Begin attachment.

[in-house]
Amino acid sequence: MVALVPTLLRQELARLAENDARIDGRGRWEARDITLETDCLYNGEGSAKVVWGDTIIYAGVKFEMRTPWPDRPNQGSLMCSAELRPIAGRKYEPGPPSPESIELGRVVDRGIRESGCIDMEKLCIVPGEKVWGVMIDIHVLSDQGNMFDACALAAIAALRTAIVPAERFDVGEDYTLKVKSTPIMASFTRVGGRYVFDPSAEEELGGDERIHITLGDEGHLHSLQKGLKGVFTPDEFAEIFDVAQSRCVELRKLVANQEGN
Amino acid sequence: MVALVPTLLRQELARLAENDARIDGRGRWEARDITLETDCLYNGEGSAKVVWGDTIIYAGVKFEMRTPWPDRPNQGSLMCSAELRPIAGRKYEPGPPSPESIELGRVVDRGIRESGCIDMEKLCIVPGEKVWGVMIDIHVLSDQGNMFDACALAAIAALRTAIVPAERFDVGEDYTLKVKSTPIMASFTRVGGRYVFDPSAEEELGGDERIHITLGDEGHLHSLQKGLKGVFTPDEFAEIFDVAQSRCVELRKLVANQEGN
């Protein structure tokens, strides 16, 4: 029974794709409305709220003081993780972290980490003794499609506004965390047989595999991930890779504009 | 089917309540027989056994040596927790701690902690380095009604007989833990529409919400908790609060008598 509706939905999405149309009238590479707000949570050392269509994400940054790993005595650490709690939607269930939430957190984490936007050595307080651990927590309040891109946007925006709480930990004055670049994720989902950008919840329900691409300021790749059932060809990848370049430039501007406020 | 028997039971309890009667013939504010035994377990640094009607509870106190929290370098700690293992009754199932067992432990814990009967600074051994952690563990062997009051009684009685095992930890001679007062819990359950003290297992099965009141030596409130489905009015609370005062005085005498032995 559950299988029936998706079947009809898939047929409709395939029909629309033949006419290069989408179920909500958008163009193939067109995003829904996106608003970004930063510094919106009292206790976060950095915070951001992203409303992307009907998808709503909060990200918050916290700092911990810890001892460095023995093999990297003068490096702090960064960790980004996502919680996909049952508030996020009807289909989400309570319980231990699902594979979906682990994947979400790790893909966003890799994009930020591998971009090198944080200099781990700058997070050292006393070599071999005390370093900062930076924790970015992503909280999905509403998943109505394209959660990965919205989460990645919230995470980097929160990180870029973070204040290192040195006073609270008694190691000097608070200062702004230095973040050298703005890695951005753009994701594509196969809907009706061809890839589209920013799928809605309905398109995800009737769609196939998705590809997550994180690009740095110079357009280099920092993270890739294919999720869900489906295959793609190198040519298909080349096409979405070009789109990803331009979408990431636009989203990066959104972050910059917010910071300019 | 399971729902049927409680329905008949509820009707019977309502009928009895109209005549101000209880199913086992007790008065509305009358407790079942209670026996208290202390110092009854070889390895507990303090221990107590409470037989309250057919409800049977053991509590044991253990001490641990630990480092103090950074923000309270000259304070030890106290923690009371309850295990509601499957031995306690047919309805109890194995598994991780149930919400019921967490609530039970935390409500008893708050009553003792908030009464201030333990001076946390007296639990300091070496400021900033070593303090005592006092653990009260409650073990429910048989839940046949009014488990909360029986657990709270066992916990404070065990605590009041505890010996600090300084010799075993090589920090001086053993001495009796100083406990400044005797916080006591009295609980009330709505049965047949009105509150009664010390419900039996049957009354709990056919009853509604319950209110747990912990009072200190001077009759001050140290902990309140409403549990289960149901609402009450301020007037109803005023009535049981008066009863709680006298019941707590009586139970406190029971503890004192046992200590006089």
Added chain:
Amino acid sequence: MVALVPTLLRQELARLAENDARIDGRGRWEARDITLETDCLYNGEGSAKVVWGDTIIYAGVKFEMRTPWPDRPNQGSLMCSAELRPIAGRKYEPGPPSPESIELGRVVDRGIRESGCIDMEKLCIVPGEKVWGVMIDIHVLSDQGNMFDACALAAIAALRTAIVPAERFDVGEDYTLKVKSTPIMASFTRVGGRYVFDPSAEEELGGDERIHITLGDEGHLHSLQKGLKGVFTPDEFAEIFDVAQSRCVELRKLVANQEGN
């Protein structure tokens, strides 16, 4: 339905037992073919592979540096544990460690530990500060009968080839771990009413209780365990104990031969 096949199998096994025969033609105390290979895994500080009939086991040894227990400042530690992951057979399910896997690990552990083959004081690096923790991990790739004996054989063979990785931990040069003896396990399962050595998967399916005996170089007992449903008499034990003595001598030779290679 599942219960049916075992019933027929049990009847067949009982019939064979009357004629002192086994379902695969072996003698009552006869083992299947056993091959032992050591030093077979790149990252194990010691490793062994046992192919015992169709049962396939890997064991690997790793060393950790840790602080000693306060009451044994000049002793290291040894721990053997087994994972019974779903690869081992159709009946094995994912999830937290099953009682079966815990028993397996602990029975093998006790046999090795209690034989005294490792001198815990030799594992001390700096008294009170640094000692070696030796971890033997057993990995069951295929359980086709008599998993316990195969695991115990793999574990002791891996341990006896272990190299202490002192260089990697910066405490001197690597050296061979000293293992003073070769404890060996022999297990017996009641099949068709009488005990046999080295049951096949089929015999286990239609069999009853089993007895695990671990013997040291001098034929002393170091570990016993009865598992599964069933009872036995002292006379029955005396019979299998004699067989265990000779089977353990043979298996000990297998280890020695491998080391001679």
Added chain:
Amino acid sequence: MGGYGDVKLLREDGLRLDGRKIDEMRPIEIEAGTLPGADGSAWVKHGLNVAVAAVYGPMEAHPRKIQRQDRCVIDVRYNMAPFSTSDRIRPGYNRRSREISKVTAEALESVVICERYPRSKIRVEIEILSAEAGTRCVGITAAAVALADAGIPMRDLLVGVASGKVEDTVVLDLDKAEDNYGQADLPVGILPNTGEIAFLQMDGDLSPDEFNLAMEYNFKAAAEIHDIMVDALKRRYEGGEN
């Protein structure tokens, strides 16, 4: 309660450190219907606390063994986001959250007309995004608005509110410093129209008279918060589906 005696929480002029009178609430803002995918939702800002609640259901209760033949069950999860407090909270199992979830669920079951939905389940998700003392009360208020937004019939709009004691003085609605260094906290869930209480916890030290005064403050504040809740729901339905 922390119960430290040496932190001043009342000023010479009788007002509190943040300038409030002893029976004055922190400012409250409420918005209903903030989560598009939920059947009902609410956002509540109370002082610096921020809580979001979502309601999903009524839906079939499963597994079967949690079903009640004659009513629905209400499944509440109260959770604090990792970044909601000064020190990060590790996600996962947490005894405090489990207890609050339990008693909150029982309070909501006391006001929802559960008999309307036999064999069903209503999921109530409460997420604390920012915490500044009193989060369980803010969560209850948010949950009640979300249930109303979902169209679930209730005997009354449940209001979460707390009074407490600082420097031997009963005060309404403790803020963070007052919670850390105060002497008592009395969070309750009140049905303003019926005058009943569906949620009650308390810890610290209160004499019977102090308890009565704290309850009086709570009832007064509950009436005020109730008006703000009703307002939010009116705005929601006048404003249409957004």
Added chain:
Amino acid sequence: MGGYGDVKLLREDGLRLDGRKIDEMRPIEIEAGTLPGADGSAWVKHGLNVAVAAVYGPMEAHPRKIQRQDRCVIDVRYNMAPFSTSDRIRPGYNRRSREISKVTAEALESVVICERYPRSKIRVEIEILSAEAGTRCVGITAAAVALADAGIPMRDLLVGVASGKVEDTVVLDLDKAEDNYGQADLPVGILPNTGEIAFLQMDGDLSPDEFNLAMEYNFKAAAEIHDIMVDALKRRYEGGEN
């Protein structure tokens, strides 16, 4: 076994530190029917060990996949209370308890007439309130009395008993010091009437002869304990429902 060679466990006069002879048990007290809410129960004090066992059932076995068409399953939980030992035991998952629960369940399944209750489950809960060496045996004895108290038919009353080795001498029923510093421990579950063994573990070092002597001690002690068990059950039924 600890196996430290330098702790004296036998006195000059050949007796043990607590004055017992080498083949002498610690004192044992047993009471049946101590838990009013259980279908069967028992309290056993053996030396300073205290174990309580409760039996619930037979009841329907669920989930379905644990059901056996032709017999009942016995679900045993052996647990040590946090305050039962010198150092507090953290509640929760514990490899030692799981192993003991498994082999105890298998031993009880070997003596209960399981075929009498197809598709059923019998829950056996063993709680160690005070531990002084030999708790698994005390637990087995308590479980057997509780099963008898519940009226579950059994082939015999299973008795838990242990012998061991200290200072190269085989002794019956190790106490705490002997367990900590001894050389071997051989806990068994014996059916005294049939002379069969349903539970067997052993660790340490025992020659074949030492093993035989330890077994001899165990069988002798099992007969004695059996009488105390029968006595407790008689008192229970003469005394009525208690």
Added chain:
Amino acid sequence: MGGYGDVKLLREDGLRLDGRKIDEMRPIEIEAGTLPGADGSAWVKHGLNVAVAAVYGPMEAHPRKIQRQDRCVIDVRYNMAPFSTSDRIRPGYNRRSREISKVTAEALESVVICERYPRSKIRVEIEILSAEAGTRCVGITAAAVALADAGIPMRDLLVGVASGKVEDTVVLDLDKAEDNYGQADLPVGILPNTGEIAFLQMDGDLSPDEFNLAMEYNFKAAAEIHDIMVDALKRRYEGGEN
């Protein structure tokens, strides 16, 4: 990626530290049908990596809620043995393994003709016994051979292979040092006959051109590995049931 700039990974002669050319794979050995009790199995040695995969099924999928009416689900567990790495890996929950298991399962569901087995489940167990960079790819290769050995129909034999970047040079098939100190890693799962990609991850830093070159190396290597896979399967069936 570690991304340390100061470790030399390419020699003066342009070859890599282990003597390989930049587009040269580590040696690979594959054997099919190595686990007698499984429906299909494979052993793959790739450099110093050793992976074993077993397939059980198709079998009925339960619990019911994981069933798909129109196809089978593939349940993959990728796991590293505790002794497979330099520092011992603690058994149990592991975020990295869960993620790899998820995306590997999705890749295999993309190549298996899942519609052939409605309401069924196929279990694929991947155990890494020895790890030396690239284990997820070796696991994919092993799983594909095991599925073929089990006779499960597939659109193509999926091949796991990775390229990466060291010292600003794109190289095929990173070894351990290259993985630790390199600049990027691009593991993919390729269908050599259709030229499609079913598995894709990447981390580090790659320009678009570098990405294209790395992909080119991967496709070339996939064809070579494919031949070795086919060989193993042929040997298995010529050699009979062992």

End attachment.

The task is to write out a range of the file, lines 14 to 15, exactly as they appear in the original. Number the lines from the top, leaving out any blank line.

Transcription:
Added chain:
Amino acid sequence: MGGYGDVKLLREDGLRLDGRKIDEMRPIEIEAGTLPGADGSAWVKHGLNVAVAAVYGPMEAHPRKIQRQDRCVIDVRYNMAPFSTSDRIRPGYNRRSREISKVTAEALESVVICERYPRSKIRVEIEILSAEAGTRCVGITAAAVALADAGIPMRDLLVGVASGKVEDTVVLDLDKAEDNYGQADLPVGILPNTGEIAFLQMDGDLSPDEFNLAMEYNFKAAAEIHDIMVDALKRRYEGGEN